Sunday, 29 March 2015

Myrtles Mark 1 & 2

alt="Colette Patterns Myrtle"
Two Myrtles
I think that these two dresses, my woven Myrtles from Colette Patterns, are probably the most favourite things of all of the things that I have made. A bold statement, I know! But, I just totally love how easy they are to make, how quickly they come together AND that I haven't had to make any adjustments to the pattern to make them fit. 

I made the grey version in Robert Kaufman cotton chambray way back in August just after the pattern was first released. I was immediately taken with the idea of the dress in woven, rather than knit, and picked up this fabric from Spool of Thread with my birthday money. 

I did a test version first, which was meant to be a wearable muslin. However, I had a bit of trouble understanding how to install the waistband to start, so there was lots of unpicking involved. And then I realised with horror that I had sewn the skirt in back to front so the seam was running down the middle at the front! Bummer. But I had a muslin that fitted and I was ready to cut into my lovely soft grey dot. 

alt="Colette Patterns Myrtle"
Grey dot Myrtle
Like many other Myrtle makers on the web, in the end I sewed the channel for the elastic first and then threaded it through, rather than pinning it in and trying to sew round it whilst it was all bunched up. This just seemed a lot easier to me, much less stressful and therefore quicker in the long run. On this first version I also left off the pockets as I was going for instant gratification. 

My Myrtle featuring in a Viewbook!
This version made it into our Viewbook at work which is quite exciting (to me) as I'm wearing something I made and this will be seen all over the world! Look how much my hair has grown since this picture was taken at the beginning of October.

Recently I have been getting completely bogged down by fit adjustments and it has completely taken out a lot of the joy of sewing for me. Sad face. Part of the reason for this is that I just despise how long it takes me to make the changes, do the tests and then start again. But I know that it is better to spend more time fitting to have a more perfect garment then to just waste time and beautiful fabric on something that doesn't really fit. What's the point in that? So I am trying to take more time to make sure things fit and make more muslins. I am also spending more time mulling carefully about whether the garment will ever be able to fit me in the way that I want it to, before I spend ages making changes to a pattern.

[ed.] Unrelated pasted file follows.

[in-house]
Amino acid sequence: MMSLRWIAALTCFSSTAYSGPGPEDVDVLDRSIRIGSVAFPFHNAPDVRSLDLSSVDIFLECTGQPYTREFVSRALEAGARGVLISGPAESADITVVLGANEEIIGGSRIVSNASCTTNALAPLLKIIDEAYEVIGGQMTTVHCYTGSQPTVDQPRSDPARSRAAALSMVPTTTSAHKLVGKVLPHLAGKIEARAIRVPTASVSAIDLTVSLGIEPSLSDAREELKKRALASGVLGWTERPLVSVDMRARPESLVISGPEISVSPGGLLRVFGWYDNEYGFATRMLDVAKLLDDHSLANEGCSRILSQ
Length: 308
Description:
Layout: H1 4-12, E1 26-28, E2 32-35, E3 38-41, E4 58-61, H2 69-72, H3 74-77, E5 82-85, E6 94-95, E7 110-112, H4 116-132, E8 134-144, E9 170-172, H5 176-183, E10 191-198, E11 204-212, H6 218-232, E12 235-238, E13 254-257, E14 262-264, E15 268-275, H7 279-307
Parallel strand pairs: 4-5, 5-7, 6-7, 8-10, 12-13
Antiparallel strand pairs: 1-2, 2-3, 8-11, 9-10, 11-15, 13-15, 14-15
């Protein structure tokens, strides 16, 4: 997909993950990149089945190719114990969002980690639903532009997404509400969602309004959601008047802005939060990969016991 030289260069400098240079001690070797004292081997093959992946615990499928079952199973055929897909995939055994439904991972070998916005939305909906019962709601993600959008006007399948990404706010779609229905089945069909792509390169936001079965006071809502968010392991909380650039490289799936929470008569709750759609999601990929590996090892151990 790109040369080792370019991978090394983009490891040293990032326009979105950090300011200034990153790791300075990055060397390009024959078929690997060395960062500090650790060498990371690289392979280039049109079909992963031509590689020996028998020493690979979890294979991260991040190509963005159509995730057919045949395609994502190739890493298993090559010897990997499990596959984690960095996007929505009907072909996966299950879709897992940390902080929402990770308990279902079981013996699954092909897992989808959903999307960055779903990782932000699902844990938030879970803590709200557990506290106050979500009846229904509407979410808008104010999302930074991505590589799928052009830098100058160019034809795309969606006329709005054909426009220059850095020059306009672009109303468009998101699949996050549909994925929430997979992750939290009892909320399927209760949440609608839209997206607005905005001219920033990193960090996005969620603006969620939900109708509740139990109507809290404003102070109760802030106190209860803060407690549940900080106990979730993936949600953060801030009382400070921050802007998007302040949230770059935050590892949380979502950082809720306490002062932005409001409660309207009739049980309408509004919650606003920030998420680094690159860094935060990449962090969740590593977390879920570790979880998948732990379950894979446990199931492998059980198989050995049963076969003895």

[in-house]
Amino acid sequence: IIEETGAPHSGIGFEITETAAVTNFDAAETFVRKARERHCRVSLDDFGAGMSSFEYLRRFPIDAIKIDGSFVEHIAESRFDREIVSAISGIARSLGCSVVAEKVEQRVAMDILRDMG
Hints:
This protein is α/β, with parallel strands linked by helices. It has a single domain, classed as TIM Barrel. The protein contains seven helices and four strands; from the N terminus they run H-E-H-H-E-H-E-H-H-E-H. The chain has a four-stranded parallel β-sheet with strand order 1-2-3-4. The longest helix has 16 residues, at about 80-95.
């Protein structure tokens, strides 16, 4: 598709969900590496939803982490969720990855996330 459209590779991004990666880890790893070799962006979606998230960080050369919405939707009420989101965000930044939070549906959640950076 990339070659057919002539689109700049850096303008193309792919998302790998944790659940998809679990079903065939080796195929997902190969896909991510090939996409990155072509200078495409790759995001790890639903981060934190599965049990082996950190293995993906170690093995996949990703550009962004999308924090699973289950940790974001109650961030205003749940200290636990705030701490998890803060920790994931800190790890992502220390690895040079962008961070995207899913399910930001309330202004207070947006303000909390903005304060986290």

It was with the above in mind that I decided that I wanted to give my mind a rest and make another Myrtle with my gorgeous Hana rayon from the Cotton+Steel Frock collection last weekend. It is so soft and I love the colour. I was totally inspired by Jemjam's version from the Frock tour, and I also just wanted a quick win. 

alt="Colette Patterns Myrtle"
Rayon Myrtle
This time round, I did include the pockets as I'm still a bit sad that I don't have them on the original version. However, I'm not sure they work with the thinner fabric as they add a bit of bulk at the waist where I don't really need it. I also used 1 cm wide elastic, rather than 1 inch, so the waist is narrower than my first version and that prescribed by the pattern. It's much better for the thinner belts that I have to wear with the dress. 

I can't decide which dress I like most - they are both quite different because of the different weight of the fabrics. I like that this makes them seem like different dresses and I think I will make more in the future, maybe even a knit version... 

Saturday, 7 March 2015

A Bow Bag for Becky

Bow clutch bag
I made this lovely bow purse for my fabulous friend Becky as a belated Birthday present. Mailing stuff over to the UK is expensive so it’s nice to be able to make something that is extra special to send. 

For the main body of the bag and construction, I used Lisa Lam’s amazing Easy peasy purse instructions from U-Handbag. If anyone is new to clutch purse making, I highly recommend this kit - it is how I learnt everything I know about making purses with metal frames. The instructions are so clear. If you buy this kit with the fabric, all you need is the glue to put your first purse together!

For this purse, I cut out all of my fabric pieces and attached the facing to the shell of the purse. 

For the bow part, I cut two sets of rectangles using the same fabric (a lovely black chambray from Robert Kaufman), one at 5 inches by 10.5 inches and one at 3 inches by 1.5 inches. I then sewed them together to create two tubes, and turned them inside out. 
Rectangles cut and ready to sew
Sew the little one together to create a loop. Turn it inside out and then fix it to one of the shell pieces of the purse with a couple of hand stitches. 
Small loop sewn together at each end
Small loop fixed to the centre of one side of the purse
I then threaded the large tube through the tiny one by folding the fabric like a concertina and then poking it through.